Paul now warns the Philippians about the legalists, called Judaizers–why? Adding Jewish tradition to the Gospel would stop unbelievers from coming to Christ and distract believers from pursuing Christ. So as Paul exposes the error of legalism and attacks these Judaizers, Paul will tell the Philippians a few keys to staying on track in their pursuit of Christ.

This morning, you may be bummed, bored or battling. Many are too busy, too burdened with lesser things and brooding with issues, which is why you need to be reminded of these essentials for pursuing Christ. Three verses give us three requirements.

#1  Sustain a HEART of joy  Verse 1a

Finally, my brethren, rejoice in the Lord.” Doesn’t that first word of verse 1 crack you up? “Finally”–I always get a kick out of that because Paul is only halfway through the book. It sounds like he’s saying, “Now, in closing . . . ” and then he goes on for two more chapters. He must have been an expositional preacher. In fact, the next time you hear me say, “Now, in closing . . . ” then I go on for another fifteen minutes, realize this–I’m just being Biblical.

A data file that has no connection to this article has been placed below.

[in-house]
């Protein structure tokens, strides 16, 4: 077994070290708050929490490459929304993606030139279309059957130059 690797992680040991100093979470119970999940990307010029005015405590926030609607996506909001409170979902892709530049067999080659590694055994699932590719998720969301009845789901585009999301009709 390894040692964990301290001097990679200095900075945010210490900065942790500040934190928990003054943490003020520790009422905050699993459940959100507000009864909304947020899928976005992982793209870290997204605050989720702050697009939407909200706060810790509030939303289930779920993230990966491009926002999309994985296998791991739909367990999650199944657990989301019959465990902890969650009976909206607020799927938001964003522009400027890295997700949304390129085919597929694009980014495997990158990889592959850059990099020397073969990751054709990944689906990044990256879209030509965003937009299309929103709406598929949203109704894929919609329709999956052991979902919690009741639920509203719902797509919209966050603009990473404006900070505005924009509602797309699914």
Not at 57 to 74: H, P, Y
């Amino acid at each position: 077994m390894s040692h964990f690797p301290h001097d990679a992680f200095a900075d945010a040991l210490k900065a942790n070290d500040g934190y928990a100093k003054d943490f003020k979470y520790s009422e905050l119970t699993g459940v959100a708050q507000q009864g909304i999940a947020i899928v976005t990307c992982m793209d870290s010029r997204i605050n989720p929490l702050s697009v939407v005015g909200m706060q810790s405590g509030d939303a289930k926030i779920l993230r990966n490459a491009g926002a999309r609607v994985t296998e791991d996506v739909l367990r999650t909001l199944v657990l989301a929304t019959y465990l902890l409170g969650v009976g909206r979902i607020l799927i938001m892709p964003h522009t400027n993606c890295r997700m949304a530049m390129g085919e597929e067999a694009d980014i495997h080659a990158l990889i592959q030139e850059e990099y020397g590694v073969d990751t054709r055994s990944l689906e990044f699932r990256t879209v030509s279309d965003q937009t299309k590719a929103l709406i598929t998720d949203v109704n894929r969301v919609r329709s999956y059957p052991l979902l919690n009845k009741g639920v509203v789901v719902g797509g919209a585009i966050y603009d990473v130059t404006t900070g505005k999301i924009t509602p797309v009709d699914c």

But let’s be accurate–the Greek word finally means furthermore, so then, now then. It’s a word of transition introducing a new focus. Paul will move away from his focused statements on unity in chapter 2 and introduce a new focus in chapter 3. A first requirement to pursuing Christ is to sustain a heart of joy. “Finally, my brethren, rejoice in the Lord.”

I love this focus. Most think what’s most important is a quiet time, giving sacrificially, serving others–but Paul reminds us, it’s also a heart of joy. Doctrine is crucial. Love is crucial. But so is rejoicing! Rejoice occurs as a noun and verb over 150 times in the New Testament. Joy is a recurring theme in Philippians. Paul talks about joy seventeen different times in this letter. He just keeps hammering, I want you to rejoice–I want you to be joyful.

Good teachers know, repeating yourself is an important teaching tool. You often have to repeat something several times before people get it. Parents know this, coaches know this, and so do apostles. Say it again—rejoice.

Now joy is not happiness. Happiness is related to the word happenstance, which is dependent upon circumstances. So happiness is a feeling of exhilaration connected to favorable events, making happiness temporary and external. But joy can exist when you’re in the worst of pain–why? Because biblical joy is a sweet confidence in the future based on God’s purpose and power.